The Edmonton Oilers v. The Vegas Golden Knights Game 2: A Tactical Review

Photo credit:Stephen R. Sylvanie-USA TODAY Sports
Bruce Curlock
11 months ago
When this game is reviewed far in the future, the numbers will show the Oilers won this game using special teams.
Three goals on the powerplay and one goal shorthanded sealed the fate of the Golden Knights last evening. Little attention will be paid to the fact the Oilers, until this game was well out of hand, won the battle at 5v5 1-0 ultimately settling for a 1-1 tie at the end. However, to suggest the Oilers’ 5v5 game was not instrumental in their win would be far from the truth. In fact, without the 5v5 play, the Oilers would not have gotten the opportunity to display their excellence on the powerplay.

What Did I See?

Great Defense Can Lead To Great Offense

This game was relatively decided by the end of the first and was put away in the second on another powerplay goal by the Oilers. However, in the first 30 minutes of this game, the Oilers completely flipped the script from game one. For me, the biggest change was the Oilers’ forwards’ commitment to backtracking all night. In the first game, the Golden Knights had so many transition opportunities because the Oilers forwards did not match the pace of the Golden Knights heading towards Stuart Skinner off turnovers. There were far too many plays in game one that looked a lot like this play by Ryan Nugent-Hopkins in game two. Here you can see the hard pinch by Darnell Nurse to the strong side. RNH is in excellent shape to work back and provide support for Ceci. However, watch what happens with RNH after the break. He stops skating for just a couple of seconds. Sure it was bad luck that Ceci fell, but F3 is always taught to skate hard back through the middle of the ice to harass the puck carrier. Perhaps the breakaway is prevented if RNH is harder on his back check.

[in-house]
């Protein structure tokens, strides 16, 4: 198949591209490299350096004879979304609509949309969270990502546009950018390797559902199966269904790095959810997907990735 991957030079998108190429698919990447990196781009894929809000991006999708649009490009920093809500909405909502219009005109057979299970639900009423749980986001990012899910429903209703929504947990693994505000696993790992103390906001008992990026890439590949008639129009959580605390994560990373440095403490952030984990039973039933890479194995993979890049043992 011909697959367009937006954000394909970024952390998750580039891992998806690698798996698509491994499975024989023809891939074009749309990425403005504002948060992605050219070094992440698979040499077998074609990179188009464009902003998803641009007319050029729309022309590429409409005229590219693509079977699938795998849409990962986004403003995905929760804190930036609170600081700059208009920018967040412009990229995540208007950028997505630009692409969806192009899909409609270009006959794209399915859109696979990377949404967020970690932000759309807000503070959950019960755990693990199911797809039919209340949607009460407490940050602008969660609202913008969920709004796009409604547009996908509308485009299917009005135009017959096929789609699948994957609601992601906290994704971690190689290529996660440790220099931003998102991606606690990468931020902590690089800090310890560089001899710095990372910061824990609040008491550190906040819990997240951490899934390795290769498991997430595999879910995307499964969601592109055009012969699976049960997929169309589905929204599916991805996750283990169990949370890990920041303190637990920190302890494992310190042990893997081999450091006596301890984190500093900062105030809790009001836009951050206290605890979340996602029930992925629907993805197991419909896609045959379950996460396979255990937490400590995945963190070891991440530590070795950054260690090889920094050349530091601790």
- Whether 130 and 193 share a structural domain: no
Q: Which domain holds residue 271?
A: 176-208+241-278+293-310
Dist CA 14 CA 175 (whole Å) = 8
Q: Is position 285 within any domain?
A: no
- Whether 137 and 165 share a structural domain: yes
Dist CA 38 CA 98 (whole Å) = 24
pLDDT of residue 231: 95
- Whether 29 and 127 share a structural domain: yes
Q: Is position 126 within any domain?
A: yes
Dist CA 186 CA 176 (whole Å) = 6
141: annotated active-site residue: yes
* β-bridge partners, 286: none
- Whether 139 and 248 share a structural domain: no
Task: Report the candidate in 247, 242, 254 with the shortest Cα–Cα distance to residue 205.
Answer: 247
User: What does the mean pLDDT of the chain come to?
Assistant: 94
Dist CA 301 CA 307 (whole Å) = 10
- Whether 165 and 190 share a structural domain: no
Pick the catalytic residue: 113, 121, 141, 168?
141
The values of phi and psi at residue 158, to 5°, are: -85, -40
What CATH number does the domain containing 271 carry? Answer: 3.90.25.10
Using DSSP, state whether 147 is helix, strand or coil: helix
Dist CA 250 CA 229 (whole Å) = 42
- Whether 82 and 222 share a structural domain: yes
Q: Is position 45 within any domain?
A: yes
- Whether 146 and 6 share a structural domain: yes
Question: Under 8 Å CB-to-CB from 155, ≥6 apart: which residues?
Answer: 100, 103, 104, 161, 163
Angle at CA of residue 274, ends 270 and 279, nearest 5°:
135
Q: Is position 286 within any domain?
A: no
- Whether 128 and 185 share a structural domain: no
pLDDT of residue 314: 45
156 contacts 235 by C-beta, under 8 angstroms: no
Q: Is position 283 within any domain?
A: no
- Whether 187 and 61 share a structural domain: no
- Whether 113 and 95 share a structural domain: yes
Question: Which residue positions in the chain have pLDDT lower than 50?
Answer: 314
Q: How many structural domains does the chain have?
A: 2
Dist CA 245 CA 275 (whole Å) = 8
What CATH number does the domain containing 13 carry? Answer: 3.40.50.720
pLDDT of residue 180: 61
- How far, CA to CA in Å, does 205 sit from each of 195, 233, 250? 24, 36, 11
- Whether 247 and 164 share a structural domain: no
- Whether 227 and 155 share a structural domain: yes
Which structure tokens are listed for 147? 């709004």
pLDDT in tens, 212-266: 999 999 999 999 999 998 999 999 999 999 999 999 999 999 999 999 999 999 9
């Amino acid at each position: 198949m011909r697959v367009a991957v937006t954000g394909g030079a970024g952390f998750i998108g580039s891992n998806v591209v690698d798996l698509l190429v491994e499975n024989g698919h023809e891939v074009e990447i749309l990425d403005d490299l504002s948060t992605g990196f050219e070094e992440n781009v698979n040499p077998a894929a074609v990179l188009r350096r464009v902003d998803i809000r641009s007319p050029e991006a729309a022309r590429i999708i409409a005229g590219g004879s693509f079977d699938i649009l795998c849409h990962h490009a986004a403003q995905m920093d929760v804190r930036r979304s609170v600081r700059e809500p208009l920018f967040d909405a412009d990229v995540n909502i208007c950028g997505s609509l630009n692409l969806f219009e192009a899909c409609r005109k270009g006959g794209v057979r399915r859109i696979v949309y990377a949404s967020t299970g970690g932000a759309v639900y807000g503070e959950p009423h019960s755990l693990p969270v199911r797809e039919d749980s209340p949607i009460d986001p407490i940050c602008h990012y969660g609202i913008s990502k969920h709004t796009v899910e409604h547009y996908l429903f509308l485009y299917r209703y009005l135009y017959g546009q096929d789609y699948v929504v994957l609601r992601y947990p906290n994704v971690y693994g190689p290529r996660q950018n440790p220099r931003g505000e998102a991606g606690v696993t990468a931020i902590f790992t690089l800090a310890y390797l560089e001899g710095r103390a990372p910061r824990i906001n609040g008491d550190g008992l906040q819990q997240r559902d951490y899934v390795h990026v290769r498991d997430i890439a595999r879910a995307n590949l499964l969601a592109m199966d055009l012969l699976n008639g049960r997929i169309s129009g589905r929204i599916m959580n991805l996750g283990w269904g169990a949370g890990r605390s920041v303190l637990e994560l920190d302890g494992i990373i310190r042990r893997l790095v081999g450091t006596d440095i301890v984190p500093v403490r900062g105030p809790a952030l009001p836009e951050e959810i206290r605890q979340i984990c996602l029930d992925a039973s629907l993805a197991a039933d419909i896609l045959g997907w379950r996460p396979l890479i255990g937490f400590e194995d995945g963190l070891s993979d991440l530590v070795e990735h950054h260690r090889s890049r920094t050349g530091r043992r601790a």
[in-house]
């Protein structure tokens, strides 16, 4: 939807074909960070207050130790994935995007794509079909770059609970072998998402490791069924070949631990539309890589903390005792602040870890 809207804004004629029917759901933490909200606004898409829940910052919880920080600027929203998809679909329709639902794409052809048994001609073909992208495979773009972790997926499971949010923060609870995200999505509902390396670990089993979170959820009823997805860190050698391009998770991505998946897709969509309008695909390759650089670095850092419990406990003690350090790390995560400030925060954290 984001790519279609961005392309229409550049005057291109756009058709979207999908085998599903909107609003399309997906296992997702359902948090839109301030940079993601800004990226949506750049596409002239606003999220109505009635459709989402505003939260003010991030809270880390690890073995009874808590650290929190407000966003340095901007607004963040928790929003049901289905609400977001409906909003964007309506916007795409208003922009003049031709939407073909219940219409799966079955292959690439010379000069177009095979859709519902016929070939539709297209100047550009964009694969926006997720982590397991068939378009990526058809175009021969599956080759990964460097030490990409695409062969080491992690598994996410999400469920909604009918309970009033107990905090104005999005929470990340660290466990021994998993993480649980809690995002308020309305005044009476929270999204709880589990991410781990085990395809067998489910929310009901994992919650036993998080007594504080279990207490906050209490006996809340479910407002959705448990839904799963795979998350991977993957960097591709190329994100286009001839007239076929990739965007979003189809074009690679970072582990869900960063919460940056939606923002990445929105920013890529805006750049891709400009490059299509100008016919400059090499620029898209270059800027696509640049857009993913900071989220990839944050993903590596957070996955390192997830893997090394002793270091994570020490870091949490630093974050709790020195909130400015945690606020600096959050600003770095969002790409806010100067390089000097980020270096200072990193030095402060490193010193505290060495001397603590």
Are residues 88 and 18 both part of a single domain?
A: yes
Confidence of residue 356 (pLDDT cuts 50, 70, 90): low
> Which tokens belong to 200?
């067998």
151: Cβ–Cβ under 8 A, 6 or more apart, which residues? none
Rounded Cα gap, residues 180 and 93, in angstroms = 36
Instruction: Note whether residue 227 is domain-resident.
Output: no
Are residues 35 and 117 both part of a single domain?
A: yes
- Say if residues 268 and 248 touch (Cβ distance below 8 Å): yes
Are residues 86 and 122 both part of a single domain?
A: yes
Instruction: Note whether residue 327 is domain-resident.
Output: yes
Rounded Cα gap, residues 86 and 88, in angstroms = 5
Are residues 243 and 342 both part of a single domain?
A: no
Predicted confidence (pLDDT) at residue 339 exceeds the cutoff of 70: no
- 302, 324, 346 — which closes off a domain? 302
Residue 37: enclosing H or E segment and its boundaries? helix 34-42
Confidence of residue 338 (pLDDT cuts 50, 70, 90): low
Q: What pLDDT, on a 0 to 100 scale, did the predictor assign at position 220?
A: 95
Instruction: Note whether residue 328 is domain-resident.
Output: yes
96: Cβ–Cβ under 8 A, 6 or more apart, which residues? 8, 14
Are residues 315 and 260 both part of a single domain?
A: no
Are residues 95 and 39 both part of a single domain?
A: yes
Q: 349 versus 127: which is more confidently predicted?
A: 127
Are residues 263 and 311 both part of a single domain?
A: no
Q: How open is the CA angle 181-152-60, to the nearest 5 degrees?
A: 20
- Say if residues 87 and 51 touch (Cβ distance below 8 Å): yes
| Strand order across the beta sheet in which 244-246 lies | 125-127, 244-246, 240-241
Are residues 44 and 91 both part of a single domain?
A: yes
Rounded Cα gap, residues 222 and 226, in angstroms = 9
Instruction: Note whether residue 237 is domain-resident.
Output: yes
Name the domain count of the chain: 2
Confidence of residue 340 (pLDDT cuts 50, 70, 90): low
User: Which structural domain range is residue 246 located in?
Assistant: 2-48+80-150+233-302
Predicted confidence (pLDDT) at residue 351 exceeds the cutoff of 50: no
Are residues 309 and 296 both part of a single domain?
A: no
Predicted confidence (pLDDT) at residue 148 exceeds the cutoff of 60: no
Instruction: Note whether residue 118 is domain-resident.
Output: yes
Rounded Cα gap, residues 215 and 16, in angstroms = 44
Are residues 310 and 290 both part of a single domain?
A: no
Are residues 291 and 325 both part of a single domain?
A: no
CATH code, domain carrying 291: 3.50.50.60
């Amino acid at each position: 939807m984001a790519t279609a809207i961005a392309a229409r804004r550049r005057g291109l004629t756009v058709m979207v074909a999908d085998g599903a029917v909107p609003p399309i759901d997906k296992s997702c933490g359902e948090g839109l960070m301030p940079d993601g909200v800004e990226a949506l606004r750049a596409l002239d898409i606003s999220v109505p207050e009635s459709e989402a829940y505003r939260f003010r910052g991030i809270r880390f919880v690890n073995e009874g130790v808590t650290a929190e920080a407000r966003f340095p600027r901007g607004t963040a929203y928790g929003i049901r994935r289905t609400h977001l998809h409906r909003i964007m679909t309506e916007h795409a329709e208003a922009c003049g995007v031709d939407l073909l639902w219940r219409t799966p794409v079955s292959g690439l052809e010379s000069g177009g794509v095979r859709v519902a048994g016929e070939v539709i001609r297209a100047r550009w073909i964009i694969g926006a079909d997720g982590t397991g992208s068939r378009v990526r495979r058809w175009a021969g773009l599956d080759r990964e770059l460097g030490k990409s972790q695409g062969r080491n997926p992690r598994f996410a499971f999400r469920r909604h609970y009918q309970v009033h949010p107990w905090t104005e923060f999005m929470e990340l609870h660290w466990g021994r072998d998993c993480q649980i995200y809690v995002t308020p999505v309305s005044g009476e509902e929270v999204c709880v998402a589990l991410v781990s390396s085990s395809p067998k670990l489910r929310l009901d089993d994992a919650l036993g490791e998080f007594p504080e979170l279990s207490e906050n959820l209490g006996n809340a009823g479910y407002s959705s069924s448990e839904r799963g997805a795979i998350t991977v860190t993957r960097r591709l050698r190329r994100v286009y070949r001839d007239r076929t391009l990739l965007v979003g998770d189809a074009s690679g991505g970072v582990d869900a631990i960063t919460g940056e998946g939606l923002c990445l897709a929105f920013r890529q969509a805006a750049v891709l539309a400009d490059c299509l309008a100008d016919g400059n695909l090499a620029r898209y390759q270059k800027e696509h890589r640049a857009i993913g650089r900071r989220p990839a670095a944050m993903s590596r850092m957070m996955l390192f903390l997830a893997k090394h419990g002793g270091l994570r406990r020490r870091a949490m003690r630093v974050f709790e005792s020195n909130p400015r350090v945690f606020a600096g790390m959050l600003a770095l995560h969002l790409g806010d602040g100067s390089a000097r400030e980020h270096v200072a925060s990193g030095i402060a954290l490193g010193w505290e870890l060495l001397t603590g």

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Fortunately, there was very little of this type of play in game two. The Oilers were far more dedicated to working hard back when Vegas started their transition game. Here is a great clip where Ryan McLeod does it twice in one shift. On the first one, Brett Kulak is able to step up and knock down a clear because he knows he has Desharnais marking the weak side, but more importantly, he knows he has McLeod back checking another Vegas player. On the second backcheck, watch McLeod recognize Kulak is low and immediately turn and skate back through the middle picking up the puck after a nice defensive play by Vinny Desharnais. McLeod then initiates a quick up that leads to a great chance for the Oilers on a turnover off a sublime 1-2-2 forecheck. Also, can we just shout out Ryan McLeod who might have skated 400 feet in about 25 seconds.